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abundant animals Bad Lands Baird banks beds Big Sioux River Black Hills Blue boat bottoms camp Carex City clay collection command Common complete containing Council Bluffs Creek Cretaceous crossing Dakotas direction distance east Eastern Engineers examine expedition explorations extend feet force formation formed Fort Pierre fossils geological Gray Harney Indians Kansas Laramie latitude Leidy Lieutenant lignite limestone Linn Little Loup Fork March marl Meek and Hayden Mexico miles military Missouri River mouth nearly Nebraska Niobrara Niobrara River North America Northern Nutt obtained officers Pacific party Pass Pierre places plains plants Platte portion prairies present probably rain rare reached region remains road rocks Rocky Mountains route sand sandstone sandy seen shells Shyenne skins species specimens stream Territory Tertiary Topographical traders Union United Upper Missouri valley Warren Western White River wood Yellow Yellowstone
Side 7 - village of the prairie," are supposed to constitute more than one-half of the whole Dakota nation. They live on the western side of the Missouri, and extend west to the dividing ridge between the Little Missouri and Powder rivers, and thence south on a line near the 106th meridian. They are allied by marriage with the Shyennes, but are enemies of the Pawnees and Crows.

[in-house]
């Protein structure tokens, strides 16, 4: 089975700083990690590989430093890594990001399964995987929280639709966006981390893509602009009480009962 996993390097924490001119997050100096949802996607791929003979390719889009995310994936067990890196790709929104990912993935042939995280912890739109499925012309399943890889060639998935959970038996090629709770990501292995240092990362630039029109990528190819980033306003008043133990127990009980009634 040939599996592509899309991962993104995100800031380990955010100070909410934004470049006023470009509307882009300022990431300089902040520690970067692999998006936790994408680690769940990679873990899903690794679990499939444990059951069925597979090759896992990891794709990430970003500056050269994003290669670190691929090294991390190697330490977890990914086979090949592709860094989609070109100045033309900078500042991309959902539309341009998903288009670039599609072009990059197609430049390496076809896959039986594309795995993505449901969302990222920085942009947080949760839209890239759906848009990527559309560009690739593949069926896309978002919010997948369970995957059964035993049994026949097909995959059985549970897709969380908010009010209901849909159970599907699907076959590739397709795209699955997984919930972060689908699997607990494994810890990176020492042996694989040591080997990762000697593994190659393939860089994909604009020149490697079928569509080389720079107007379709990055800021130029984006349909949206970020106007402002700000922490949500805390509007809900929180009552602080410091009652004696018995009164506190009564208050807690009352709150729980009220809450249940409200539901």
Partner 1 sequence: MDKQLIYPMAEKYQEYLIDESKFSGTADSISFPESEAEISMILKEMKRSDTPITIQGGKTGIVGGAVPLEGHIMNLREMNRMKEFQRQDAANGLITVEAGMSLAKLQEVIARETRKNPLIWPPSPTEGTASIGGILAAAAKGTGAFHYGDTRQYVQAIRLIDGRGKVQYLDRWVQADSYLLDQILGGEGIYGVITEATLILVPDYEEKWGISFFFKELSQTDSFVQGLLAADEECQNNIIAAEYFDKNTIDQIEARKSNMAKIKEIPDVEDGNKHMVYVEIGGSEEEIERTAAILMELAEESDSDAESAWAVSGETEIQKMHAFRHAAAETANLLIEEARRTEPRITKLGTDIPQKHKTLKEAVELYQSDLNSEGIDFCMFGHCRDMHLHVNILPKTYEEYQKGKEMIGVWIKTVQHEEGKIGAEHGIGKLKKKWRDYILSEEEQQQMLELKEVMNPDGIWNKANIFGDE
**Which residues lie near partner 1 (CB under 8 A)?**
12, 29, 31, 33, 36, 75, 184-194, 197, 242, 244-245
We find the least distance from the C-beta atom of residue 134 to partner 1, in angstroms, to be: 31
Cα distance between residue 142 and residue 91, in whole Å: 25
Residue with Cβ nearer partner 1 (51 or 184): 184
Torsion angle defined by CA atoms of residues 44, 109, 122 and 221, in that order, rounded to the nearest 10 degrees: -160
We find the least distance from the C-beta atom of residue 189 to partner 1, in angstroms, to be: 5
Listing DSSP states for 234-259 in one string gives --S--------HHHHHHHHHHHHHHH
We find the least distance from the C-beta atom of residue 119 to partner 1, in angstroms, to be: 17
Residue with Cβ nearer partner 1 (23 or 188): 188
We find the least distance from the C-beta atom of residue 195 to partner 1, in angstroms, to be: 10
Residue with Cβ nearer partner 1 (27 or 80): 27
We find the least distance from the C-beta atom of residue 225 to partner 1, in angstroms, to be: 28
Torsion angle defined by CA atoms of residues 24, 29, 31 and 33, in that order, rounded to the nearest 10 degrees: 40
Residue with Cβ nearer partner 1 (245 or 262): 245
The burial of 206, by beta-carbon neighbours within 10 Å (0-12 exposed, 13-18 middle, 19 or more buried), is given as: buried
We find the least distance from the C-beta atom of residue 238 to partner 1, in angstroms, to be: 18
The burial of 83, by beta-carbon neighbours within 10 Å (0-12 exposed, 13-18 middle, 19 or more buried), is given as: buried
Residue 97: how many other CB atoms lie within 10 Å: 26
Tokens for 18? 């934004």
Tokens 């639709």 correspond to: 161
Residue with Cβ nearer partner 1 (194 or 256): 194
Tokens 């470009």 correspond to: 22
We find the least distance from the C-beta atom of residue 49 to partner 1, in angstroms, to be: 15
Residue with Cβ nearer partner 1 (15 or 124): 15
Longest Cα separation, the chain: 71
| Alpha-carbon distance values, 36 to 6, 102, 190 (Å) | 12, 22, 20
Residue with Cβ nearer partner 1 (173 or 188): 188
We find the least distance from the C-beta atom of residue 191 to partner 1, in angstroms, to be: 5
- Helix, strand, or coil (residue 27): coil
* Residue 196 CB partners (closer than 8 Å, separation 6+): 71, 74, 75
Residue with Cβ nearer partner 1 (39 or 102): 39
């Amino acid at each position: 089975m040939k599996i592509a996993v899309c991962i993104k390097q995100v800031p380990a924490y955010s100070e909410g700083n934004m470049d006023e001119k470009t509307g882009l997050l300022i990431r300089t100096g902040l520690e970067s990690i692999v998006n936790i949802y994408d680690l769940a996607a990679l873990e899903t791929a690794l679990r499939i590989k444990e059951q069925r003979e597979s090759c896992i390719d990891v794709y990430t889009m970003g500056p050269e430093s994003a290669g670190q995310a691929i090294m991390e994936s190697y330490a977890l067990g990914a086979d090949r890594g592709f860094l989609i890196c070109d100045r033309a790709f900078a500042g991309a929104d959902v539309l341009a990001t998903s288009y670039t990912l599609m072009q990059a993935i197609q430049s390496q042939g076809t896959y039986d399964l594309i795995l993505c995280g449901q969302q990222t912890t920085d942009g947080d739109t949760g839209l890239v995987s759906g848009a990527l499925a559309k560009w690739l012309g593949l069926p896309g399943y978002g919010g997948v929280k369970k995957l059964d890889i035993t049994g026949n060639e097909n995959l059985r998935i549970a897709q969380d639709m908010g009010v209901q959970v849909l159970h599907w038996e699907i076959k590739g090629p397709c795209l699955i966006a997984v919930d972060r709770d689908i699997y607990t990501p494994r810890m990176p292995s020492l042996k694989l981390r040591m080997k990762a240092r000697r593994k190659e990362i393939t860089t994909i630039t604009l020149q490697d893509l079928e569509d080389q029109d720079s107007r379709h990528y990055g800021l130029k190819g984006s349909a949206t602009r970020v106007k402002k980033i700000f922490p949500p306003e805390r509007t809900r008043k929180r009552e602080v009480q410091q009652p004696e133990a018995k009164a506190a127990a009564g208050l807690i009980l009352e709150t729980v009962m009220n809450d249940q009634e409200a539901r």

Side 8 - The Titonwans, except a few of the Brules, on White river, and some of the families connected with the whites by marriage, have never planted corn. They are divided into seven principal bands, viz : 1. Unkpapas, "they who camp by themselves." They roam from the Big Shyenne up to the Yellowstone, and west to the Black Hills ; to this band Mato Chiqukesa, or the Bear's Rib, belongs, who was made by General Harney the first chief of the Dakotas. They number about 365 lodges. 2. Sihasapas, Blackfeet....
Side 9 - Shyeune of the Missouri, and to the section of country they now occupy between the Platte and the Arkansas. The Dakotas then lived on much of the land now occupied by the Chippewas, and the Chippewas at that time inhabited the region between the Sault Ste. Marie and Lake Winnepeg, the Crees, their allies, occupying that from Lake Winuepeg and other lakes as far as Ris-is-kad-ji-wan (Saskatchawin River) and toward the Assiniboin River.